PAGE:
Toyota UZ Tuning

"Guide to tuning the Toyota 1UZ-FE 2UZ-FE & 3UZ-FE engine!"

The Toyota UZ offer good returns when tuned and with the best upgrades like a remap, turbo upgrades and camshafts you will really enhance your driving enjoyment.

This pages aim is review and look at UZ tuning and report on the best upgrades.

This is a great engine and the fact it was used in the GT500 series shows the versatility and capability of the UZ engine block and design.

History, Power & Specs of the Engine

It had a quad cam V8 setup and came in 3 revisions over the years.

1UZ-FE 256 hp 260 lbft

The initial version of the 1UZ-FE engine had no variable valve timing and had intake and exhaust cam durations of 224° and 229°, respectively.

  • 1989–2000 Lexus LS 400/Toyota Celsior
  • 1989–2002 Toyota Crown/Toyota Crown Majesta
  • 1989–2004 Toyota HiAce HiMedic Ambulance (Japan only)
  • 1991–2000 Lexus SC 400/Toyota Soarer
  • 1992–2000 Lexus GS 400/Toyota Aristo

2UZ-FE 271 hp  315 lbft

(Came with VVT-i and drive by wire throttle in later years) By 1994, the intake valves' valve timing and lift were improved: valve overlap was increased to 9 degrees, intake duration was increased to 232 degrees, and exhaust duration was increased to 229 degrees.

  • 2002–2009 Lexus GX 470
  • 1998–2007 Lexus LX 470
  • 1998–2011 Toyota Land Cruiser
  • 2002–2009 Toyota 4Runner
  • 1999–2009 Toyota Tundra
  • 2000–2009 Toyota Sequoia

3UZ-FE 290 to 300 hp 325 lbft

This engine was also used on the GT500 supra and Lexus GT500 motorsport version, in a higher state of tune with a 4.4L displacement.

  • Lexus LS 430
  • Lexus GS 430
  • Lexus SC 430/Toyota Soarer
  • Toyota Crown Majesta

The VVT-i system was implemented on the 1UZ-FE engine commencing around 1997. Intake valve overlap ranged from -11 to 39 degrees, intake valve duration was 230 degrees, and exhaust valve duration was 229 degrees as a result.

Tuning the Toyota UZ and best UZ performance parts.

Best 1UZ-FE 2UZ-FE & 3UZ-FE modifications

Just because particular tuning parts appear in lots of UZ projects it doesn't mean you should fit it, so we'll ultimate tuning parts that will give your UZ the biggest power gain return for your cash.

Significant gains on the UZ can be made from cam upgrades. Altering the cam profile alters the intake and exhaust durations on the engine and can dramatically change the power band and power output.

Fast road cams typically increase bhp throughout the rpm range; you may lose a little low end bhp, but higher rpm power will be increased.

Race cams increase the higher rpm power band, but the car will not idle smoothly, and low end power almost usually suffers as a result.

On a daily driver, you should ideally strive to match your power band to your vehicle's usage.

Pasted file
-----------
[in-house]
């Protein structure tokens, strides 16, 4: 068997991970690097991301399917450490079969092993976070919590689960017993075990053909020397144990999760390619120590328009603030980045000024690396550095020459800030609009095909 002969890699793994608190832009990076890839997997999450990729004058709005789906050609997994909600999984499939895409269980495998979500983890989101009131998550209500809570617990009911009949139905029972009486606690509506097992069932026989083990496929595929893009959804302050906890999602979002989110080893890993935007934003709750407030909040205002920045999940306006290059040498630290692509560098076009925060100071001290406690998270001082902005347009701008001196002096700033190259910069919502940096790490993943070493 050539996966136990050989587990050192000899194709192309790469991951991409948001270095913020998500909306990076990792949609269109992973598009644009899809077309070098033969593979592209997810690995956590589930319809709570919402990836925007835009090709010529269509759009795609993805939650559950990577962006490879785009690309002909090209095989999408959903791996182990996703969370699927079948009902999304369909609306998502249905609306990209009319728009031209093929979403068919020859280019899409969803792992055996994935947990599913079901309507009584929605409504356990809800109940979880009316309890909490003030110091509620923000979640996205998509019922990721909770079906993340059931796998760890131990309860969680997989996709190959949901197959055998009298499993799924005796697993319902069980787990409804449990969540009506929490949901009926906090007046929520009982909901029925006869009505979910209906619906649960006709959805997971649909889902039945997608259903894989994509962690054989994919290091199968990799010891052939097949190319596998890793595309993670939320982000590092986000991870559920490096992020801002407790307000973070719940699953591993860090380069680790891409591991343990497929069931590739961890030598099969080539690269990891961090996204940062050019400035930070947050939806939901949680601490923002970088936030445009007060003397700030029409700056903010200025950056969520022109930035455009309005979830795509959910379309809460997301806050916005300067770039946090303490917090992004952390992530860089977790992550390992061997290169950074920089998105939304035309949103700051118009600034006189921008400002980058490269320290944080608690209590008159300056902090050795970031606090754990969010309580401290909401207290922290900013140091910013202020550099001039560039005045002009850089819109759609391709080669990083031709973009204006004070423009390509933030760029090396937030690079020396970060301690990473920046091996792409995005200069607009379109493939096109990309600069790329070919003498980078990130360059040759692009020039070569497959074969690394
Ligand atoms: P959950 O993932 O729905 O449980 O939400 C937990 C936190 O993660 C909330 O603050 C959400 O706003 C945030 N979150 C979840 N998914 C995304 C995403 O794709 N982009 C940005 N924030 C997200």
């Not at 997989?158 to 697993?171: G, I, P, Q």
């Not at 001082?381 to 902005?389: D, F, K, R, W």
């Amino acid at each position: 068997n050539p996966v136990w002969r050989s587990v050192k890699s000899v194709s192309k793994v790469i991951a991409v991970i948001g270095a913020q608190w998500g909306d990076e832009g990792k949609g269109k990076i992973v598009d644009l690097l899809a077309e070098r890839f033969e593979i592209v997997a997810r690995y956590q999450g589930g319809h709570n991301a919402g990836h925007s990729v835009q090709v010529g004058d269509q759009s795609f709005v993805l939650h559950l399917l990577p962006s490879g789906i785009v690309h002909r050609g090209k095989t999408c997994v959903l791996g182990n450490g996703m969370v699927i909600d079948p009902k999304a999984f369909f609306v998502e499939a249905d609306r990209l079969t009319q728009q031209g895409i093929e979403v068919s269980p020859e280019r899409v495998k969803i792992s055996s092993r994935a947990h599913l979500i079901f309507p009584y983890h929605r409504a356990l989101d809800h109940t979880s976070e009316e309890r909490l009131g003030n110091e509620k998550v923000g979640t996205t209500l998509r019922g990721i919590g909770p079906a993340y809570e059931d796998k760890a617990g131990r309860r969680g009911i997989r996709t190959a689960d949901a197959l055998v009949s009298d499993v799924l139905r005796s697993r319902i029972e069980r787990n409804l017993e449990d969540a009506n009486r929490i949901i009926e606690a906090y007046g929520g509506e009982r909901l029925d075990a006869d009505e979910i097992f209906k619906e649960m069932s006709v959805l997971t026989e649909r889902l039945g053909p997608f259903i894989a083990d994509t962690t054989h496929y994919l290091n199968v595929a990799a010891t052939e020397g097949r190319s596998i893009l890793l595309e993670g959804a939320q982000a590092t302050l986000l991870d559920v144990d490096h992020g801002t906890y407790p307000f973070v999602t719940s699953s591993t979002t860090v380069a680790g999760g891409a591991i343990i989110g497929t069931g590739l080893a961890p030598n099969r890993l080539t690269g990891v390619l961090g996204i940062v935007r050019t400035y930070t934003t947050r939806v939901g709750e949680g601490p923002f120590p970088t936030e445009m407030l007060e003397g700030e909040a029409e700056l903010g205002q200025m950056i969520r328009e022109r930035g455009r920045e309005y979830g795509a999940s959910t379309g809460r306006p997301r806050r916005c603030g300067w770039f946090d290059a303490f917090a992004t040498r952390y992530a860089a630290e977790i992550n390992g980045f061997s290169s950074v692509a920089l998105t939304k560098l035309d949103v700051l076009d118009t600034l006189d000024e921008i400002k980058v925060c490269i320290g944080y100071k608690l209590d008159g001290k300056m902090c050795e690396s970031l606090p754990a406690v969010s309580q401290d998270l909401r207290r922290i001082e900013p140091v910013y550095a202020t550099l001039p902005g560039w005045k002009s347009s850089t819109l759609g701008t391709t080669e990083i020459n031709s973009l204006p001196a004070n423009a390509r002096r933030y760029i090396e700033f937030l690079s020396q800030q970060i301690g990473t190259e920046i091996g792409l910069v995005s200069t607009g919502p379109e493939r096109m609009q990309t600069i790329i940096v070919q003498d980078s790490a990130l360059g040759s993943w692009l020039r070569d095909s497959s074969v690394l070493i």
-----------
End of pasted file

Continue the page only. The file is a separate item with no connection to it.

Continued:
You'll never have discovered a UZ. When driving in heavy traffic, that the race camshaft is a joy to live with. The low end idle will be quite bumpy and erratic, which you would not notice on a track when driving in the upper part of the rpm band, but on the road this is a big issue, and we've heard from many drivers who regret adding an aggressive competition cam profile to their engine.

Each engine responds better to more aggressive cam durations than others.

The map and fuel pump and injectors also have an effect on the bhp gains you'll get.

Longer valve durations can alter the bhp band and on most engines the exhaust and intake durations do not need to match, although most cams and tuners use matched pairs there are some advantages to extending the intake or exhaust durations.

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Best Engine Mods for your car

  1. Engine Tunes - engine tuning/remapping provides the most advantage in terms of cost savings,  aftermarket ECUs, and piggyback ECUs are all alternatives.
  2. Fast road cams are one of the most significant mechanical changes, but they must be installed by someone who knows what they're doing and they are not always easy to source but you might find a local firm to regrind a stock camshaft.
  3. Intake and Exhaust - Note that on their own these mods will NOT ADD POWER in most cases, but they can help enhance power after other mods by removing the restriction.
  4. Upgrades to turbochargers and superchargers - forced induction is the most efficient approach to increase air supply, allowing you to burn more fuel and make more power. It is one of the most costly upgrades but provides the best gains.
  5. Head work - The goals of porting and flowing the head are to get air flowing into the engine while removing flow restrictions and turbulence.

Typical stage 1 mods often include: Sports exhaust header/manifold, drilled & smoothed airbox, Fast road camshaft, Intake manifolds, Remaps/piggy back ECU, Panel air filters.

Typical stage 2 mods often include: Ported and polished head, high flow fuel injectors, induction kit, Fast road cam, fuel pump upgrades, Sports catalyst & performance exhaust.

Typical stage 3 mods often include: Internal engine upgrades (head flowing porting/bigger valves), Adding or Upgrading forced induction (turbo/supercharger), Crank and Piston upgrades to alter compression, Competition cam, Engine balancing & blueprinting, Twin charging conversions.

Carefully think through your options and then acquire your upgrades and set yourself a power target to avoid wasting your time and money.

Mapping should help to release the full potential of all the parts you've fitted to your UZ.

(In some cases, as the factory ECU is locked flashing is not an option, so an aftermarket ECU is the route to take, and many of these will outperform factory ECU's but make sure it has knock protection and that you get it setup properly.)

It will usually give you around 30% more power on turbocharged vehicles and you can expect to see around 15% on NA (naturally aspirated) engines, but your mileage often depend much on the parts you've applied and the condition of your engine.

Feeding air and fuel into the UZ engine is vital to any car tuning task.

Intake manifolds flow the air from the air cleaner and allow it to be sucked into the engine and mixed with fuel.

Shape and flow rate of the Plenum can make a big change to fuel mixing and power on the UZ.

It's not uncommon that intake are improved through aftermarket parts, although some OEM provide reasonably good intake.

Larger UZ valves, carrying out port work and head flowing will also boost bhp and torque, and as an added benefit will raise potential for increasing the bhp and torque increase on other tuning mods.